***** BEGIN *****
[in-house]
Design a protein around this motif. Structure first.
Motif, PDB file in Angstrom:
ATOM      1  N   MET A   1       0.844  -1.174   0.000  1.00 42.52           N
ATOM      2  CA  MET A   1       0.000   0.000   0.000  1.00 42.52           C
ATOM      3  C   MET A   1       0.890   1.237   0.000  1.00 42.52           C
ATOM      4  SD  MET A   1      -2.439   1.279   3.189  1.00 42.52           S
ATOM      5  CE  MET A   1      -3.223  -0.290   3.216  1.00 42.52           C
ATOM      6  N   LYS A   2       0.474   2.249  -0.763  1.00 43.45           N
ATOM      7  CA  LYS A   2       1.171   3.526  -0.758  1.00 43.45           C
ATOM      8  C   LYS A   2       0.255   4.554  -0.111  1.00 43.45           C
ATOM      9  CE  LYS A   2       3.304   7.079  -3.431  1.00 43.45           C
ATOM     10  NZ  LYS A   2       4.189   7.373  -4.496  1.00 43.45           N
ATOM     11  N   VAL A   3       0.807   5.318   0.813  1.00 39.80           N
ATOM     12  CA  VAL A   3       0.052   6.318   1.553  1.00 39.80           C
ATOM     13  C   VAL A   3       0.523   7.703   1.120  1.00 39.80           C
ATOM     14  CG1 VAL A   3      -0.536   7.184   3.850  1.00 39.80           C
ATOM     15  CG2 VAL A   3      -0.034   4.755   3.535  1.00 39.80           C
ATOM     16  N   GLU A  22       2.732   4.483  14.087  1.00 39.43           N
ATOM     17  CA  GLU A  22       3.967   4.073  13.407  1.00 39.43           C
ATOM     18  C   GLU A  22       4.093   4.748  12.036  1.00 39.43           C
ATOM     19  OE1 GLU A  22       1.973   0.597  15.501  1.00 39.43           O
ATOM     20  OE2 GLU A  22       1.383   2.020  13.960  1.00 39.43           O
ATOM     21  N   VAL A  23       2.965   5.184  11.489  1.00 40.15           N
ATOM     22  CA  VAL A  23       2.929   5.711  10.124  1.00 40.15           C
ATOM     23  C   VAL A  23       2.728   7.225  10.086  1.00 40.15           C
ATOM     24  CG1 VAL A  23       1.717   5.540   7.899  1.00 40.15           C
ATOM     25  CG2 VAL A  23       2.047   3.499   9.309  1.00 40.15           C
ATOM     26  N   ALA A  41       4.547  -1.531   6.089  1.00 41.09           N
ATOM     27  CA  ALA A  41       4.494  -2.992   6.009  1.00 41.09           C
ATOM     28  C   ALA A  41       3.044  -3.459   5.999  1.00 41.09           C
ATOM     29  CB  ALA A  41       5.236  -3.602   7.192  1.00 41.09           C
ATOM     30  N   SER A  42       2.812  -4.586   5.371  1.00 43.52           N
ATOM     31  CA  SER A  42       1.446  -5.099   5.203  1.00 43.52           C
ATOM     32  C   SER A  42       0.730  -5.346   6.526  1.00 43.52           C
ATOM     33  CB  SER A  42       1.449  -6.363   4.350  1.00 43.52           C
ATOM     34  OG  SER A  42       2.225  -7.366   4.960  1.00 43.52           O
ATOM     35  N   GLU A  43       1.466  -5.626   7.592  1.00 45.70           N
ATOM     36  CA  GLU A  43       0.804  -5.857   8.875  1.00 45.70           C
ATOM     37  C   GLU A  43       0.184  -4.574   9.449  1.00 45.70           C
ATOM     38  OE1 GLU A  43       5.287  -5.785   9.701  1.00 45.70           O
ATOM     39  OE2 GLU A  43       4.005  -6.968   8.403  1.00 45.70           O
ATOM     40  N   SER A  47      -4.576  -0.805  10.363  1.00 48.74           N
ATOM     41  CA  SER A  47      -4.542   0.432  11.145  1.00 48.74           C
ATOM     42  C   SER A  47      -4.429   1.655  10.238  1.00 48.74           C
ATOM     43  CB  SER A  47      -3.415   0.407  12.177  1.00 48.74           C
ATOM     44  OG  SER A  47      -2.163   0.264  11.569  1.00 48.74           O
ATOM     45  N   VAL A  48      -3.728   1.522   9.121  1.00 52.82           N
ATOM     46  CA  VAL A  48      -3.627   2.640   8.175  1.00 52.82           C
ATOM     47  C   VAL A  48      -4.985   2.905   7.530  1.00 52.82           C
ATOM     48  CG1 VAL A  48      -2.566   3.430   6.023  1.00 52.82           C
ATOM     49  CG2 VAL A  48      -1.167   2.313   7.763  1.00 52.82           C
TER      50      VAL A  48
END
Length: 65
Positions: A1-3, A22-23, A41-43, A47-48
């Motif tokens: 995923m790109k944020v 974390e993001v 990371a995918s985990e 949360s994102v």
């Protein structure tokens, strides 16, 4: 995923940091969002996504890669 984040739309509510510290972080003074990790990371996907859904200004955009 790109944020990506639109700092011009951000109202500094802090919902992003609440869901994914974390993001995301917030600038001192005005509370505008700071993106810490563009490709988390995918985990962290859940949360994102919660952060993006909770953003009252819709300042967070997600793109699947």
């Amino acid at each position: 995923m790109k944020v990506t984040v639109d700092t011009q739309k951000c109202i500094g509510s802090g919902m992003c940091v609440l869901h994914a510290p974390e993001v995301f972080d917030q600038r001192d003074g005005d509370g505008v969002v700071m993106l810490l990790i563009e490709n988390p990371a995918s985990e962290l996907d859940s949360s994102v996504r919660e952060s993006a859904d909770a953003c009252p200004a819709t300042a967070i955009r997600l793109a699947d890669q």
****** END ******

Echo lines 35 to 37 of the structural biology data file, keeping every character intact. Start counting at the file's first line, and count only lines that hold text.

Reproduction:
ATOM     32  C   SER A  42       0.730  -5.346   6.526  1.00 43.52           C
ATOM     33  CB  SER A  42       1.449  -6.363   4.350  1.00 43.52           C
ATOM     34  OG  SER A  42       2.225  -7.366   4.960  1.00 43.52           O